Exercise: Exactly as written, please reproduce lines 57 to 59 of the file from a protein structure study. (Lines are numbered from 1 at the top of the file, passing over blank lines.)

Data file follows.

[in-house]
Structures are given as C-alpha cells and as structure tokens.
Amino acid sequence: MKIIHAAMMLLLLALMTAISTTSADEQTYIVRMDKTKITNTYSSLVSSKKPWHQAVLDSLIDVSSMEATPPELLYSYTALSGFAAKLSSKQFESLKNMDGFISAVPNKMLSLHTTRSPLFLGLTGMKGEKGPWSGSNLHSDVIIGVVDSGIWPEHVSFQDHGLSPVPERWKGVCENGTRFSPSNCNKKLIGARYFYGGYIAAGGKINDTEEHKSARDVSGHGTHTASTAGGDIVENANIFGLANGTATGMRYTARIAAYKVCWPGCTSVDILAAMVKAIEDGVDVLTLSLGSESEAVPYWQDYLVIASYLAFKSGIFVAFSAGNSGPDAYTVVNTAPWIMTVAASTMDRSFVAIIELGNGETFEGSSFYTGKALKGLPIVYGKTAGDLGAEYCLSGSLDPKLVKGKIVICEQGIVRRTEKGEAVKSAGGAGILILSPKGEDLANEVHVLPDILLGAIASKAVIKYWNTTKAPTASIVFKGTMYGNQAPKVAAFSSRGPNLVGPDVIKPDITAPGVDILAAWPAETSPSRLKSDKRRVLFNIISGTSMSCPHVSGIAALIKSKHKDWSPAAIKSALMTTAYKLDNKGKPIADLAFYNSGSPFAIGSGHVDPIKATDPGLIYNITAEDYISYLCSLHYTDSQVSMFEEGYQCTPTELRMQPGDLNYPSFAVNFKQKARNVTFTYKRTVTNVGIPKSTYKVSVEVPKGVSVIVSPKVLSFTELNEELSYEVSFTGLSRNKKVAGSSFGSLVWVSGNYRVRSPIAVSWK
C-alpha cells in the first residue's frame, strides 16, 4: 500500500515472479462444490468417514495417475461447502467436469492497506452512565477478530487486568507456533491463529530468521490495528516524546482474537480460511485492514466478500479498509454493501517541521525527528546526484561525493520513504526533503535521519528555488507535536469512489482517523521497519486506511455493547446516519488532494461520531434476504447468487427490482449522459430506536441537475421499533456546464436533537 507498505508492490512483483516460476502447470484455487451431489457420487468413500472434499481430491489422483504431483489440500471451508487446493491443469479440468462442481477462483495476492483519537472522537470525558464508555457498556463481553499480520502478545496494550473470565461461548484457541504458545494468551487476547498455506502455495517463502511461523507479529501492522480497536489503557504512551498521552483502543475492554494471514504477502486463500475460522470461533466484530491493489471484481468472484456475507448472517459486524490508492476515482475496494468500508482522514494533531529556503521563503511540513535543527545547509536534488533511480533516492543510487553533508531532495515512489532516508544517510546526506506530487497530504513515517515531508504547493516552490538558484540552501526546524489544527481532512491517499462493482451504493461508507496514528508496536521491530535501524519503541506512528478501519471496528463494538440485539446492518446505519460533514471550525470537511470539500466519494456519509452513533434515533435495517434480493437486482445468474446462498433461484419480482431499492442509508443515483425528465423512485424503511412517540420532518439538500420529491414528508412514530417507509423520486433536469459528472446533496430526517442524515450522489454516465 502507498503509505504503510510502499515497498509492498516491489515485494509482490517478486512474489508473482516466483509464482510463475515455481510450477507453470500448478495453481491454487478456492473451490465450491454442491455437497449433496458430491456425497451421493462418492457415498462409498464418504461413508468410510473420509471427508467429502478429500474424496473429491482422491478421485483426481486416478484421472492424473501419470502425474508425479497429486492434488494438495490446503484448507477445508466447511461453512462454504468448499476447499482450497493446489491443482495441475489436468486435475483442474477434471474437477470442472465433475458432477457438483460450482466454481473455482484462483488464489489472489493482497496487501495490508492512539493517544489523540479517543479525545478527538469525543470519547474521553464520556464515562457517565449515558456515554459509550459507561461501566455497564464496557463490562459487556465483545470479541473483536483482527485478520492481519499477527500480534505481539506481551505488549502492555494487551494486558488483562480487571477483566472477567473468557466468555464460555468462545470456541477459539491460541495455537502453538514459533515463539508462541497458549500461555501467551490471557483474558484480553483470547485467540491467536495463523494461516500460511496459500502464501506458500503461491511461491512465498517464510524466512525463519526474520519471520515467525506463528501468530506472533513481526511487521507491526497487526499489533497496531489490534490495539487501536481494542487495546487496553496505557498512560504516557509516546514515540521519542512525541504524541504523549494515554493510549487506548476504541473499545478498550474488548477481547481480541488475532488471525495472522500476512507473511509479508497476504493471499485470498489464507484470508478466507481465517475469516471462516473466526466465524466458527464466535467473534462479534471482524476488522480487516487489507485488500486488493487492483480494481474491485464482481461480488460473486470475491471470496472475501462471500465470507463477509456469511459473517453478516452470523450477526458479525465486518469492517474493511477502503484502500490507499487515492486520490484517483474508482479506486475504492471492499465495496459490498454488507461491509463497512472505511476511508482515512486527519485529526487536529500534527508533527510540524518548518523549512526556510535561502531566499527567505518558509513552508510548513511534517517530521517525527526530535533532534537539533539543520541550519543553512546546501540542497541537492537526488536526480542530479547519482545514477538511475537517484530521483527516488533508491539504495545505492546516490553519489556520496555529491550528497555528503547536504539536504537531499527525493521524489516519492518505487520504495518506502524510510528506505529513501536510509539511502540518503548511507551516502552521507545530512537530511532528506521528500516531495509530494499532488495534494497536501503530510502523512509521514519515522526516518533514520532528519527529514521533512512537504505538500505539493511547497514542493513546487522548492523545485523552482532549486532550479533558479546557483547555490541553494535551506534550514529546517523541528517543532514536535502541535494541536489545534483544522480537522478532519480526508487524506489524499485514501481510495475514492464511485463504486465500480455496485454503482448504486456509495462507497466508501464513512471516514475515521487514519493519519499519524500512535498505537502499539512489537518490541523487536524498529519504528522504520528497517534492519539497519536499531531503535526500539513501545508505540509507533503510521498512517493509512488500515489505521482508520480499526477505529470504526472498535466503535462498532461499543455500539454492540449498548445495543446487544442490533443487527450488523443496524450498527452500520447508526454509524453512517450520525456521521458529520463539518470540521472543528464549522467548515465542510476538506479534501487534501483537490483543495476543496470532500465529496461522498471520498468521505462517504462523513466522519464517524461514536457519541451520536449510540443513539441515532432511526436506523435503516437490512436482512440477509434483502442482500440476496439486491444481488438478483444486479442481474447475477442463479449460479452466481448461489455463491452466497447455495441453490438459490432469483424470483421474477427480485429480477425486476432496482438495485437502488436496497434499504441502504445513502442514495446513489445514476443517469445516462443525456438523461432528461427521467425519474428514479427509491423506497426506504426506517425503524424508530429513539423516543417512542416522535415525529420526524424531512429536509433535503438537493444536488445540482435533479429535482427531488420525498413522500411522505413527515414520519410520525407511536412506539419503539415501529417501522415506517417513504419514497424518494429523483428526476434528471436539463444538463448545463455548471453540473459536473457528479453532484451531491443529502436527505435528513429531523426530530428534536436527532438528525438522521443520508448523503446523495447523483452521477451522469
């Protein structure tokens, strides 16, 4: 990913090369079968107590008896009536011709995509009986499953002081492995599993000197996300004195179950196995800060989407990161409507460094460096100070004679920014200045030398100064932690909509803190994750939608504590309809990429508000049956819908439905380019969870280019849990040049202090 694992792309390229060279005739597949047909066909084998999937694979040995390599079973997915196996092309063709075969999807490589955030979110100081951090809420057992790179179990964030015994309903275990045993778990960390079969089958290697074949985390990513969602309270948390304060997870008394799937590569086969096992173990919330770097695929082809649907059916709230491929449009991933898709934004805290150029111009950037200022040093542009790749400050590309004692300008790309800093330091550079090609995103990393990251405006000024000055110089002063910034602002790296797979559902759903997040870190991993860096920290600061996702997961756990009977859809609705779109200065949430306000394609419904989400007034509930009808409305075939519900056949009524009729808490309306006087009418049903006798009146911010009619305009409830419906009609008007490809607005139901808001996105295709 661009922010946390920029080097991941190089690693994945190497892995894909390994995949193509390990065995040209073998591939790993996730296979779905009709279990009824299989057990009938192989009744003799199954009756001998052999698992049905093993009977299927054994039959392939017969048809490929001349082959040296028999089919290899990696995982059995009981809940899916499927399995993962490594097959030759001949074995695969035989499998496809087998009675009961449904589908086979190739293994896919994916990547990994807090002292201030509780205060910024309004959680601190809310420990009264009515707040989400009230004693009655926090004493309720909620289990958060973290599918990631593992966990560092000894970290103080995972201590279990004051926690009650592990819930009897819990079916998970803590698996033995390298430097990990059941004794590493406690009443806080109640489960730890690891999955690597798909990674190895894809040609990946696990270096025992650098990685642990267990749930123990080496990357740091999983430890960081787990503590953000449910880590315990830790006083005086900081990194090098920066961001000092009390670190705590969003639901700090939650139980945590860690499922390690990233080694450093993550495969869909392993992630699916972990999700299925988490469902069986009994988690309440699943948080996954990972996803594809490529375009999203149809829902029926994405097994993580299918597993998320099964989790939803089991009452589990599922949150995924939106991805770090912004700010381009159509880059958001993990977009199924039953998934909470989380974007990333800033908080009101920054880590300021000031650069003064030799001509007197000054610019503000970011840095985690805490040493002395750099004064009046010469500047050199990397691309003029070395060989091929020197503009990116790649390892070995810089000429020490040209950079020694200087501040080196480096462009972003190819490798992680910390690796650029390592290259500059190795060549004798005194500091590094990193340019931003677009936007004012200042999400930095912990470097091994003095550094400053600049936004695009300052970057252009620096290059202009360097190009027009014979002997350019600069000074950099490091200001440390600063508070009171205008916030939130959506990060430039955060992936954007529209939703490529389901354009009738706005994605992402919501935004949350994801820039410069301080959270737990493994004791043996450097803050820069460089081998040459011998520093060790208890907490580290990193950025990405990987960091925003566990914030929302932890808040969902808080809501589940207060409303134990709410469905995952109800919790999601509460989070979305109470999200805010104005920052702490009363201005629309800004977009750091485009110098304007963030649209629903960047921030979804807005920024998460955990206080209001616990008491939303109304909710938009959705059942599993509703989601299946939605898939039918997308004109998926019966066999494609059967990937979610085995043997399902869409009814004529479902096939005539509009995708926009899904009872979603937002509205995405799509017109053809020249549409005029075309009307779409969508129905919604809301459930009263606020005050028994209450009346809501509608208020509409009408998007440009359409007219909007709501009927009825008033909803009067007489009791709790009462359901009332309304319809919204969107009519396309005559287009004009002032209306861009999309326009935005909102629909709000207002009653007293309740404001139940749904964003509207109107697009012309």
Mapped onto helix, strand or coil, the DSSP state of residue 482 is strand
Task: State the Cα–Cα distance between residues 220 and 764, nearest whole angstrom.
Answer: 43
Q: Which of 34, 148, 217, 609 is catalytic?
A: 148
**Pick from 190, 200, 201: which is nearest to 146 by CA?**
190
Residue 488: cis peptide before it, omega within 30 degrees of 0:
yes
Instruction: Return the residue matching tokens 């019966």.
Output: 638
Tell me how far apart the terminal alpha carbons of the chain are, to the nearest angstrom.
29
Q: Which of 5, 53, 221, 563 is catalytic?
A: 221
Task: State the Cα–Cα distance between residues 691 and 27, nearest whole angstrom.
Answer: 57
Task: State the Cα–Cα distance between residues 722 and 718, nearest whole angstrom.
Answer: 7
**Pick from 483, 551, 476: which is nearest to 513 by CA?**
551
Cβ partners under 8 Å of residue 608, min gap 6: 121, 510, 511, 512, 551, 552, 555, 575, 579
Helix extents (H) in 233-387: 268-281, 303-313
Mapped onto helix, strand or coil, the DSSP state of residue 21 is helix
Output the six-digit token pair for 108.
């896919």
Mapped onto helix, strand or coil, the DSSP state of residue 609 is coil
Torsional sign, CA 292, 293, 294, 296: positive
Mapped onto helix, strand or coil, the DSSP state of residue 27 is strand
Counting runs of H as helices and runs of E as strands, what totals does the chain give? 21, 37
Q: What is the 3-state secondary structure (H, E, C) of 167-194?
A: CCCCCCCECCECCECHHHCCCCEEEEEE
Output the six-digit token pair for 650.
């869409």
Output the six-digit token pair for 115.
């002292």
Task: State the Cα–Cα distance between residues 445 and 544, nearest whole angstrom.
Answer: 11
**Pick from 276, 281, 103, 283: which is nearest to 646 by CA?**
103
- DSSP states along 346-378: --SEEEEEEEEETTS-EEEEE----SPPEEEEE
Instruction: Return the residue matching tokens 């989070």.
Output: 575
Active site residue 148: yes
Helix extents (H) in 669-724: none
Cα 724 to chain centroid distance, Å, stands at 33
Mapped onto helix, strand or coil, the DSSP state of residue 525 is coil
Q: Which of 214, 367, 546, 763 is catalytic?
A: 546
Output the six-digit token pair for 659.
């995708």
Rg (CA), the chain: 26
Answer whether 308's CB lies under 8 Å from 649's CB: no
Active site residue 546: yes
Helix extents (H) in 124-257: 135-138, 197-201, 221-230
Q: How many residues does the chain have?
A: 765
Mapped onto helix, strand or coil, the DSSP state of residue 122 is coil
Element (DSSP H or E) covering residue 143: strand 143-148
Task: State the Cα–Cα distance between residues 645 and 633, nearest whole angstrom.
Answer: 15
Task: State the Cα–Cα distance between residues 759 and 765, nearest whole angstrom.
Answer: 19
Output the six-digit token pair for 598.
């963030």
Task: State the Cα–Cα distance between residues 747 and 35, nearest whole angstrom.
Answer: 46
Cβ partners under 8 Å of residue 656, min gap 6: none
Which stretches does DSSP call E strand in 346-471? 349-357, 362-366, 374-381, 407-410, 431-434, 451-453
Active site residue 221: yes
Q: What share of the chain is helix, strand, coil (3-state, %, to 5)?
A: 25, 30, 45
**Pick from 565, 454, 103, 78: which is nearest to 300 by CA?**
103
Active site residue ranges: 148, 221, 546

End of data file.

Rg (CA), the chain: 26
Answer whether 308's CB lies under 8 Å from 649's CB: no
Active site residue 546: yes